Questions

Creating social networking application for iOS, which languages should it support?

Target market is North America however I'd like to translate it to different languages. Is there a universal list of languages that would not hurt to include in your app?

6answers

It's generally not worth supporting additional languages at launch. Why add extra work when you don't even know if the network will take-off in English? Best to minimize the complexity for launch.


Answered 6 years ago

I think that preparing your app to support multiple languages is the important part. You can successfully do that by adding one extra language ( besides English ). For North America add Spanish.

Now your app is structured properly to use text from languages files ( and not hardcode in code ). This allows you to send the English file to a translation agency, get it translated in another language and add the the new language to he mix.

You should do that in subsequent versions of the app. As you see the need.

If you need more technical info on how to do that, feel free to schedule a call.


Answered 6 years ago

Good question, but my feeling is wrong time to ask it. It's hard enough to get users, period. Getting users in your home country is going to be much easier than a foreign country (I'm assuming you're a US based company/founders). Now, there is a time when I would absolutely look at language support for other countries, but there is so much to learn about your product, your users, your customer acquisition and all that jazz before you go and build out the code to handle different languages.

Now, if you are building a really basic app that is easy to translate, then maybe. But if the app is going to be a reasonably sophisticated social app, with at least a few bells and whistles, it may be more than you want to take on at first.


Answered 6 years ago

If your target market is North America, then there's negligible motivation for going beyond Spanish and French as secondary languages.

French would only apply to a relatively small part of Canada; but it might spill over across the Atlantic, thereby giving your app an entrance into other parts of the world through social sharing.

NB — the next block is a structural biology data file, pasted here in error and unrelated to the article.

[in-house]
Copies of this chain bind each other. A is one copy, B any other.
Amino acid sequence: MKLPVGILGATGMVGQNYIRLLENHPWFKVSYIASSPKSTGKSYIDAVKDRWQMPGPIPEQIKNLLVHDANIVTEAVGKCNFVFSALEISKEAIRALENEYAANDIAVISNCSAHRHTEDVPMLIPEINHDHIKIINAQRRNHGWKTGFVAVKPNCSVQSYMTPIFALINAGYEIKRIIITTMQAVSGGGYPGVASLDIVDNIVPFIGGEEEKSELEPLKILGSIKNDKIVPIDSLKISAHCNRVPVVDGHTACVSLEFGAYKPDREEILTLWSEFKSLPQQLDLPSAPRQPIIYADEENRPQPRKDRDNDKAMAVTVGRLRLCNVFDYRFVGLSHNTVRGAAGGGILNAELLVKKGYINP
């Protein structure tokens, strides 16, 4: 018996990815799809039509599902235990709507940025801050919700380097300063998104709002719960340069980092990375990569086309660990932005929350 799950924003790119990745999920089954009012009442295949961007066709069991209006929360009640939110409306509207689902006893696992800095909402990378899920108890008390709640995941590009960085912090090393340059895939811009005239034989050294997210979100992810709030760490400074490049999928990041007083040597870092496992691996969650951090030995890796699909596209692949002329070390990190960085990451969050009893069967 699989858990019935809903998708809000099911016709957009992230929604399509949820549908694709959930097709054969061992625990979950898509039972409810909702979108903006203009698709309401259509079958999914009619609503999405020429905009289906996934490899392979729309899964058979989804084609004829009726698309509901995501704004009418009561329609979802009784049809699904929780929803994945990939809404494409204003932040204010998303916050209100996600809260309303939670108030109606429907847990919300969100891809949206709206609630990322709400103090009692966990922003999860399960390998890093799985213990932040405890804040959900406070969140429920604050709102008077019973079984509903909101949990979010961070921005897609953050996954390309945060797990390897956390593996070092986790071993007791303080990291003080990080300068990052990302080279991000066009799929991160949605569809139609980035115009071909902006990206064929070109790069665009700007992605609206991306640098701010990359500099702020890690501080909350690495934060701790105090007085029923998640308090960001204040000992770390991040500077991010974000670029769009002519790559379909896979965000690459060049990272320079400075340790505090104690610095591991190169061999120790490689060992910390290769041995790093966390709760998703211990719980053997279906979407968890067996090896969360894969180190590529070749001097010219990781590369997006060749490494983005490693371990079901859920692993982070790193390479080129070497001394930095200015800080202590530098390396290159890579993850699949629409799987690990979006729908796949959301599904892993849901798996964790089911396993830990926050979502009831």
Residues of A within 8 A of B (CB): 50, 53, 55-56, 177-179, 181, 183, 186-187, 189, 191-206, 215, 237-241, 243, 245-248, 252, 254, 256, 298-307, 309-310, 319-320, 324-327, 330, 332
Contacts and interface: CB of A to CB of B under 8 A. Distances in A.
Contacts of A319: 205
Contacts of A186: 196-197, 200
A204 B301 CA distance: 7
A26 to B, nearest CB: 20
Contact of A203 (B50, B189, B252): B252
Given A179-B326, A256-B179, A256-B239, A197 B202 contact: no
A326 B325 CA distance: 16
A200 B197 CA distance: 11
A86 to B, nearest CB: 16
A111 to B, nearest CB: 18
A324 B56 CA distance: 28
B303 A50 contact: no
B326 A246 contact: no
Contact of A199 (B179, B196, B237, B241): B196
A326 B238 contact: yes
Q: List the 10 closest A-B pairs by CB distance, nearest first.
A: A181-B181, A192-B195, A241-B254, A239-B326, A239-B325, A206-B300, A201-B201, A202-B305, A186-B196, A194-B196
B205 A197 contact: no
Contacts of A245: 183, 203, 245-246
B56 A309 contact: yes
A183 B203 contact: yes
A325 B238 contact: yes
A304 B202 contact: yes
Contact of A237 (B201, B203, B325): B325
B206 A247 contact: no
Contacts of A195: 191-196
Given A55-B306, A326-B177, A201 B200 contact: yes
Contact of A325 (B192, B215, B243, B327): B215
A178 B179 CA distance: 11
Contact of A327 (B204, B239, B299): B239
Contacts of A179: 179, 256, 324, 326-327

Spanish is much more important -- not only because Spanish is used worldwide by a staggering number of people but also because Spanish is fast becoming a crucial second language here in the USA. Witness these statistics:

35 million Americans speak Spanish at home (2009)
76% of hispanic Americans speak Spanish at home (2009)
50.5 million hispanic Americans in 2010
16.3% of Americans in 2010 are hispanic
132.8 million hispanic Americans by 2050
30% of Americans by 2050 will be hispanic

Although few people listen to me, I always advocate for more attention to be paid to the Latino / Hispanic U.S. market. That's reflected in some of my own initiatives behind the scenes as well.

I don't necessarily recommend focusing on multilingual marketing right away. As others have advised, stick to the English-speaking audience initially. You'll have challenges enough early on without complicating matters by injecting translations and extra marketing channels into the agenda. English is your proof of concept, your test case. From there, expand.

That said, you should pay special attention now to how your brand name may facilitate or limit expansion into other language markets. All future possibilities should be taken into consideration at the moment of naming. That includes potential overseas marketing, the addition of new service / product offerings, and the very real possibility that you'll pivot and redefine yourself as something else -- foreseeable or unforeseen.

As a professional namer / domain investor, I'm not a localization consultant per se. But language factors into my daily routine. Last week, for instance, I wrote emails in Arabic and Spanish and had to fumble through a smattering of French, Italian, and Portuguese in my inbox. So maybe I can offer a useful perspective on your branding and marketing.


Answered 6 years ago

If your application it's available only in North America App Store, you can get some stats by asking your users some details - like their native language (if you're using a registration process, that's easy to do).

If your application it's also available outside US, you can easily track the number of downloads for other countries like France or Germany.

Based on this stats you can make a decision, it's easier if you can actually see some numbers.


Answered 6 years ago

"that would not hurt"? All languages.
If you're wondering about from which ones to start, I'd suggest the ones from top countries such as spanish, chinese, japanese but it highly depends on target demographic.


Answered 6 years ago

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